It’s TOTALLY possible: How to homestead when you’re flat broke

Monday, November 20, 2017 by

Most people interested in an independent lifestyle are wary of the costs that come with it. As intimidating as it may sound, homesteading is all about self-sufficiency, involving little to no money at all. Homesteading projects at home usually involve the whole family, and resources used are things that are readily available. A bench you make yourself may not look exactly like the one you found at that posh furniture store, but over time and with much practice, your projects will be just as aesthetically pleasing as well as functional.

Being rich helps, of course, but takes the fun and meaning out of homesteading. Instead of involving the kids in building the tree house, you’d instead hire some carpenters to do the heavy work for you. Basically, using loads of money to buy stuff for your home defeats the purpose of homesteading at all.

When it comes to building your homestead, there are only five things you need to have, and these will definitely bring you closer to a beautiful, efficient, and comfortable family home.

  • Resourcefulness – A beginner doesn’t really start out with nothing. Assuming you have your own house or apartment, you already have a lot of stuff around that you can use in building your homestead. If you have several dining tables in your current home, you can re-purpose some of them into an outdoor bench by sawing the legs shorter, or use them as an elevated platform for your saplings or plants. Resourcefulness is an incredible skill to have, especially when you want to minimize expenses as much as possible. It’s as simple as making the most of what you currently have around you, including what most people consider trash. A visit to the nearest junkyard with only $5 in hand would get you all the stuff you need to build your own chicken coop. Ask your neighbors for stuff they don’t need or are throwing out. But take note not to scavenge trash bins! Even if it is a trash bin, you’ll still need to ask permission from the home owner to go through it.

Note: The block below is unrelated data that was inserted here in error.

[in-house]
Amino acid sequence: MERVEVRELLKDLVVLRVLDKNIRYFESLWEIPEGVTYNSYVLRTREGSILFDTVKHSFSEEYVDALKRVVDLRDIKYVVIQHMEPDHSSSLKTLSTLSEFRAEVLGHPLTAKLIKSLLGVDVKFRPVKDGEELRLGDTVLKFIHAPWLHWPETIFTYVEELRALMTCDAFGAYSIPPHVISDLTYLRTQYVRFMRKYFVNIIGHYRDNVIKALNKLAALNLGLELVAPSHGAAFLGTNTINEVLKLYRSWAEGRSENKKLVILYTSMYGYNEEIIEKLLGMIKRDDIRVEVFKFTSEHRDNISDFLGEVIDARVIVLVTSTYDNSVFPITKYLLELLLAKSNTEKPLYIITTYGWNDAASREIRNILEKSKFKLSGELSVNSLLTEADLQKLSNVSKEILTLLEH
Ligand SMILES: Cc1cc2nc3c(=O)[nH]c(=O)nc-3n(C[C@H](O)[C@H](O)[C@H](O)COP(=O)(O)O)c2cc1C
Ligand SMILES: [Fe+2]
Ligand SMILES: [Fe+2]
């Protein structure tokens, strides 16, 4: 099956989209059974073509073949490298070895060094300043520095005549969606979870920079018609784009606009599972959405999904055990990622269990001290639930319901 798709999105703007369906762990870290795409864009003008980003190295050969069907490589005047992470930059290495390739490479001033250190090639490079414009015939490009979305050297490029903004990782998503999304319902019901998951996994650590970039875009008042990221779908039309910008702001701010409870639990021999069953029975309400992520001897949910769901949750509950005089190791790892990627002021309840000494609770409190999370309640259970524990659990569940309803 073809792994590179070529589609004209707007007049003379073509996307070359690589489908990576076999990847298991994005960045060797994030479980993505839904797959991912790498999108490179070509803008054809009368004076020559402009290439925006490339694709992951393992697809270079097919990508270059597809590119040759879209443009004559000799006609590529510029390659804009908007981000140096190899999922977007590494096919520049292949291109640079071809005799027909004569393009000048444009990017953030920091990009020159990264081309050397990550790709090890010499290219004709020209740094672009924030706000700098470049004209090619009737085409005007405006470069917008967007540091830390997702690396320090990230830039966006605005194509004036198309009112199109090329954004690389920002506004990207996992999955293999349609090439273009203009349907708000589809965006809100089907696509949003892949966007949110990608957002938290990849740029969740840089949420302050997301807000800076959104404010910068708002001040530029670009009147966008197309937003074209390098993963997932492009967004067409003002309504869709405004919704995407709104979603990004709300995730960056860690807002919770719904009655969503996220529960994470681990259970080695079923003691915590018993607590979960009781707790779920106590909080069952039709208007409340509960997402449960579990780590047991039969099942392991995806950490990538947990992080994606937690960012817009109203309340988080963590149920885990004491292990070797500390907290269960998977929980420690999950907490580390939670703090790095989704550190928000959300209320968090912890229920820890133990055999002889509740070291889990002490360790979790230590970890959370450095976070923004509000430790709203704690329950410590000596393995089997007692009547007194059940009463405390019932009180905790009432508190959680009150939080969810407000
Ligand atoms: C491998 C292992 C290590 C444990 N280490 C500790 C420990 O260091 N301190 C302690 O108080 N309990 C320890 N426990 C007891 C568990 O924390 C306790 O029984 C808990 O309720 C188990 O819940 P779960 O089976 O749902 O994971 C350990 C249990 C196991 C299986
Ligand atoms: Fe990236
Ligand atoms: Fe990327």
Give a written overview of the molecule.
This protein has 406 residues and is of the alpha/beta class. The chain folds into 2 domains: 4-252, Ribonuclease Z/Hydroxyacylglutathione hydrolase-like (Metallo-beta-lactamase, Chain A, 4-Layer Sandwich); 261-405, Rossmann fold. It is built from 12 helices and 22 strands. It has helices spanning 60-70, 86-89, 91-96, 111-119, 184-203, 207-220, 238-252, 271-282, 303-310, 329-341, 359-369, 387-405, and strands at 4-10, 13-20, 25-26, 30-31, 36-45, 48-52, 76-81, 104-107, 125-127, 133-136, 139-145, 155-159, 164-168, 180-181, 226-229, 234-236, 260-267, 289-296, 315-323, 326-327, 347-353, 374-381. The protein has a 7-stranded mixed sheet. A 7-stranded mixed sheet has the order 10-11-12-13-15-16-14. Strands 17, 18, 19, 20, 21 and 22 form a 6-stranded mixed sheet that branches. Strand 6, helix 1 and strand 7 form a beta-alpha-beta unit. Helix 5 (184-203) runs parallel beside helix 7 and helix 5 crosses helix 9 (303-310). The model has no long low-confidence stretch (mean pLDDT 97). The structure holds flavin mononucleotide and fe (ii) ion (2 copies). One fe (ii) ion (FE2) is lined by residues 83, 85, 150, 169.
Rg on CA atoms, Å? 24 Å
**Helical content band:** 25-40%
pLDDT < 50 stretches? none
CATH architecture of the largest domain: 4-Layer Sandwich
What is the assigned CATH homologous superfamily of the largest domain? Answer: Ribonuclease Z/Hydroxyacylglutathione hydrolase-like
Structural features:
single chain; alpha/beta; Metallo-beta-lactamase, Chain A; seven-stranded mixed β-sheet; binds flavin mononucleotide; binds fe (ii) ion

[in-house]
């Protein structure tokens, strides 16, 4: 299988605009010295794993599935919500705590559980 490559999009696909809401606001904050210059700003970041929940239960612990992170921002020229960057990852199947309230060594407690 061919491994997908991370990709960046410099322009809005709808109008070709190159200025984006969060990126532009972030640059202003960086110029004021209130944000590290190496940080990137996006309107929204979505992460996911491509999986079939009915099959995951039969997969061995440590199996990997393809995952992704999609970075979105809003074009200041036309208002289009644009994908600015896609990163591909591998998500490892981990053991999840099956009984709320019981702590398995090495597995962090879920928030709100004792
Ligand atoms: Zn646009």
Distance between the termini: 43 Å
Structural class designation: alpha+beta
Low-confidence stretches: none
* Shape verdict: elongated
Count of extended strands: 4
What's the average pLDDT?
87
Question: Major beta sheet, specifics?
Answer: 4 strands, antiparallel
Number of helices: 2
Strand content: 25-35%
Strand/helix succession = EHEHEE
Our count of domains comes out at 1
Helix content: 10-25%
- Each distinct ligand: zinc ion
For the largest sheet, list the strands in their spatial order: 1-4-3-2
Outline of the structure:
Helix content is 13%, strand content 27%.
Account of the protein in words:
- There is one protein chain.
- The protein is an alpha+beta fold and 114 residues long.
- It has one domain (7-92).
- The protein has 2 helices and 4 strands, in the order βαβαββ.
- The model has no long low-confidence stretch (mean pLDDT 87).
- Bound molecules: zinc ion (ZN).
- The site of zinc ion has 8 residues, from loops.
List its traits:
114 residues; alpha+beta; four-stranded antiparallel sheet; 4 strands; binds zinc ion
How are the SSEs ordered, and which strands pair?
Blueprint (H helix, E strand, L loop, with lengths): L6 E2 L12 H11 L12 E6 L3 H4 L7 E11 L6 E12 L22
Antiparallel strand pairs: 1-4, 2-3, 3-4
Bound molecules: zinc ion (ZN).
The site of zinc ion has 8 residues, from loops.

• Creativity – The main difference between being creative and being resourceful, is that creativity is about the tendency to create or make, and resourcefulness is more of being clever or efficient with on-hand resources. Creativity was the force behind many of the greatest inventions and discoveries in the world, including fire. Most scientific discoveries are made by researchers and scientists who went out of the box, out of the norm, to create an explanation for something. Creativity is also exercised when trying to find other ways to make money (aside from your day job) that involves less time and effort, hence homemade goods usually sold by fellow homesteaders. Finding a means to create more money will help you fund the improvement of your homestead.
  • Determination – It’s simply a matter of respecting your decision to do something. Committing to your goals and dreams for your home, no matter what the difficulty may be, is determination. If you find yourself unwilling to do a task, remember your reasons for starting in the first place. When the time is almost up, your strong will and determination will bring you to the finish line. The intense want for something to be held firmly in your hands is what brings you to complete your homestead, with or without the money.
  • Optimism / Positive mindsetHomesteading without money isn’t a piece of cake, but is possible. If you say you want it and you believe you can have it, then you already win the game. Thinking negatively never helps, and speaking negatively greatly decreases your chance at success. Opportunities lie in every single crevice of life, and with a positive mindset and determination, you’ll finish your homestead without spending more than a few bucks, or none at all.
  • Contentment – The foundation of a happy family is contentment. If you think you need more than what you already have, or dream of a luxurious life, then this might deter you from your dreams of being a homesteader. People who choose to live this lifestyle are happy with having a meal to eat, being able to serve their community, and having time to spend with the family. As medieval and cheap as it might sound, homesteading is only for people who are happy with what they’ve got.

Sources include:

NewLifeOnAHomestead.com

TheFrugalChicken.com



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